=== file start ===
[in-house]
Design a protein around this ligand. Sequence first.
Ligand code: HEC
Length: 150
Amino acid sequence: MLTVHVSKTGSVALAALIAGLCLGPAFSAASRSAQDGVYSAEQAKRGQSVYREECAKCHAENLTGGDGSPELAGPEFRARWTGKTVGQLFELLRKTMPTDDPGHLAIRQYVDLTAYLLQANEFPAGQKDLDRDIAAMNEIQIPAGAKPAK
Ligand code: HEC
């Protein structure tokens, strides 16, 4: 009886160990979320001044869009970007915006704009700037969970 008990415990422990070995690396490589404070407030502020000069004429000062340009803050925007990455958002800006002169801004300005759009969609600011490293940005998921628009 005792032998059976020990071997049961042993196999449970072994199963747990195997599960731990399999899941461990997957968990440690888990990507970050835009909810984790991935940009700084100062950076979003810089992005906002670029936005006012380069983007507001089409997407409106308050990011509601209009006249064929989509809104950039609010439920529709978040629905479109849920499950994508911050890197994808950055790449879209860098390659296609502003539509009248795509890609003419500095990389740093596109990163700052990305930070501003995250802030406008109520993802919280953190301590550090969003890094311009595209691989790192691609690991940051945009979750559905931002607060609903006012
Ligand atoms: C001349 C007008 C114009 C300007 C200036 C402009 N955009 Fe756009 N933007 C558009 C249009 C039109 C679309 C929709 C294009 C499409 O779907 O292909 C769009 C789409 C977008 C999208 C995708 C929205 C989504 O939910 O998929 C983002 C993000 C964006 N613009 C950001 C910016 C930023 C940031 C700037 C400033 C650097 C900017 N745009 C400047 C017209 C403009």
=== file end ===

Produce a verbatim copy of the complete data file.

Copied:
[in-house]
Design a protein around this ligand. Sequence first.
Ligand code: HEC
Length: 150
Amino acid sequence: MLTVHVSKTGSVALAALIAGLCLGPAFSAASRSAQDGVYSAEQAKRGQSVYREECAKCHAENLTGGDGSPELAGPEFRARWTGKTVGQLFELLRKTMPTDDPGHLAIRQYVDLTAYLLQANEFPAGQKDLDRDIAAMNEIQIPAGAKPAK
Ligand code: HEC
């Protein structure tokens, strides 16, 4: 009886160990979320001044869009970007915006704009700037969970 008990415990422990070995690396490589404070407030502020000069004429000062340009803050925007990455958002800006002169801004300005759009969609600011490293940005998921628009 005792032998059976020990071997049961042993196999449970072994199963747990195997599960731990399999899941461990997957968990440690888990990507970050835009909810984790991935940009700084100062950076979003810089992005906002670029936005006012380069983007507001089409997407409106308050990011509601209009006249064929989509809104950039609010439920529709978040629905479109849920499950994508911050890197994808950055790449879209860098390659296609502003539509009248795509890609003419500095990389740093596109990163700052990305930070501003995250802030406008109520993802919280953190301590550090969003890094311009595209691989790192691609690991940051945009979750559905931002607060609903006012
Ligand atoms: C001349 C007008 C114009 C300007 C200036 C402009 N955009 Fe756009 N933007 C558009 C249009 C039109 C679309 C929709 C294009 C499409 O779907 O292909 C769009 C789409 C977008 C999208 C995708 C929205 C989504 O939910 O998929 C983002 C993000 C964006 N613009 C950001 C910016 C930023 C940031 C700037 C400033 C650097 C900017 N745009 C400047 C017209 C403009």